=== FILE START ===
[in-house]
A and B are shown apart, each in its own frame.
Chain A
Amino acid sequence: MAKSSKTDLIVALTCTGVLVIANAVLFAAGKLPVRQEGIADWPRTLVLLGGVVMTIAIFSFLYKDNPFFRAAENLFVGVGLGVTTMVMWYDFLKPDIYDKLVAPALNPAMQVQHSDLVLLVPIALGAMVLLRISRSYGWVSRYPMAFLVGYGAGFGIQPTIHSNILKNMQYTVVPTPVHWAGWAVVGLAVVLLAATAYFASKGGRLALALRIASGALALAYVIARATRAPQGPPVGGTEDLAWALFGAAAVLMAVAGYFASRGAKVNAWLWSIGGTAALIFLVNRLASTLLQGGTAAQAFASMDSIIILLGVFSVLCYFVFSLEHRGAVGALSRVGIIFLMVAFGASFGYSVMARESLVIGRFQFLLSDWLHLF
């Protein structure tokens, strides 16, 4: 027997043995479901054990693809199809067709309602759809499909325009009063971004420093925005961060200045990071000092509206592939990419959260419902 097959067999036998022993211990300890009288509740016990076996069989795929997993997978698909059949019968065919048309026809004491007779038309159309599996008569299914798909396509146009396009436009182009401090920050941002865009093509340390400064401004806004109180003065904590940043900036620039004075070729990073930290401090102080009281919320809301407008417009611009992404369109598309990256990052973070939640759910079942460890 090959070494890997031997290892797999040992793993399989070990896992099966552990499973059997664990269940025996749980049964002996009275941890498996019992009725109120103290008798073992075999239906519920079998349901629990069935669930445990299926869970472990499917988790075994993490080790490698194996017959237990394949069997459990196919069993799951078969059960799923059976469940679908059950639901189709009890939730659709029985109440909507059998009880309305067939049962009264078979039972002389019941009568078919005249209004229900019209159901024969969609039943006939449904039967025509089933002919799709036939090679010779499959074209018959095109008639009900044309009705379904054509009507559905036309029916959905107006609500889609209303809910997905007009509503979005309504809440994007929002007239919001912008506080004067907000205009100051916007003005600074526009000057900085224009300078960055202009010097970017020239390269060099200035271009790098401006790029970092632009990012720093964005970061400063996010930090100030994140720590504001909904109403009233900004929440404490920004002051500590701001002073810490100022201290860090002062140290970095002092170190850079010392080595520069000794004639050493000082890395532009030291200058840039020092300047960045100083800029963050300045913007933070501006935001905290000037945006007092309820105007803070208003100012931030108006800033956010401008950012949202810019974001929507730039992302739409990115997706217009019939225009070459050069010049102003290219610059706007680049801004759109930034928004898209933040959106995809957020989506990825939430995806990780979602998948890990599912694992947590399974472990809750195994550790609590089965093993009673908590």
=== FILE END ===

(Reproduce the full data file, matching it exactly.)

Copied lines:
[in-house]
A and B are shown apart, each in its own frame.
Chain A
Amino acid sequence: MAKSSKTDLIVALTCTGVLVIANAVLFAAGKLPVRQEGIADWPRTLVLLGGVVMTIAIFSFLYKDNPFFRAAENLFVGVGLGVTTMVMWYDFLKPDIYDKLVAPALNPAMQVQHSDLVLLVPIALGAMVLLRISRSYGWVSRYPMAFLVGYGAGFGIQPTIHSNILKNMQYTVVPTPVHWAGWAVVGLAVVLLAATAYFASKGGRLALALRIASGALALAYVIARATRAPQGPPVGGTEDLAWALFGAAAVLMAVAGYFASRGAKVNAWLWSIGGTAALIFLVNRLASTLLQGGTAAQAFASMDSIIILLGVFSVLCYFVFSLEHRGAVGALSRVGIIFLMVAFGASFGYSVMARESLVIGRFQFLLSDWLHLF
């Protein structure tokens, strides 16, 4: 027997043995479901054990693809199809067709309602759809499909325009009063971004420093925005961060200045990071000092509206592939990419959260419902 097959067999036998022993211990300890009288509740016990076996069989795929997993997978698909059949019968065919048309026809004491007779038309159309599996008569299914798909396509146009396009436009182009401090920050941002865009093509340390400064401004806004109180003065904590940043900036620039004075070729990073930290401090102080009281919320809301407008417009611009992404369109598309990256990052973070939640759910079942460890 090959070494890997031997290892797999040992793993399989070990896992099966552990499973059997664990269940025996749980049964002996009275941890498996019992009725109120103290008798073992075999239906519920079998349901629990069935669930445990299926869970472990499917988790075994993490080790490698194996017959237990394949069997459990196919069993799951078969059960799923059976469940679908059950639901189709009890939730659709029985109440909507059998009880309305067939049962009264078979039972002389019941009568078919005249209004229900019209159901024969969609039943006939449904039967025509089933002919799709036939090679010779499959074209018959095109008639009900044309009705379904054509009507559905036309029916959905107006609500889609209303809910997905007009509503979005309504809440994007929002007239919001912008506080004067907000205009100051916007003005600074526009000057900085224009300078960055202009010097970017020239390269060099200035271009790098401006790029970092632009990012720093964005970061400063996010930090100030994140720590504001909904109403009233900004929440404490920004002051500590701001002073810490100022201290860090002062140290970095002092170190850079010392080595520069000794004639050493000082890395532009030291200058840039020092300047960045100083800029963050300045913007933070501006935001905290000037945006007092309820105007803070208003100012931030108006800033956010401008950012949202810019974001929507730039992302739409990115997706217009019939225009070459050069010049102003290219610059706007680049801004759109930034928004898209933040959106995809957020989506990825939430995806990780979602998948890990599912694992947590399974472990809750195994550790609590089965093993009673908590």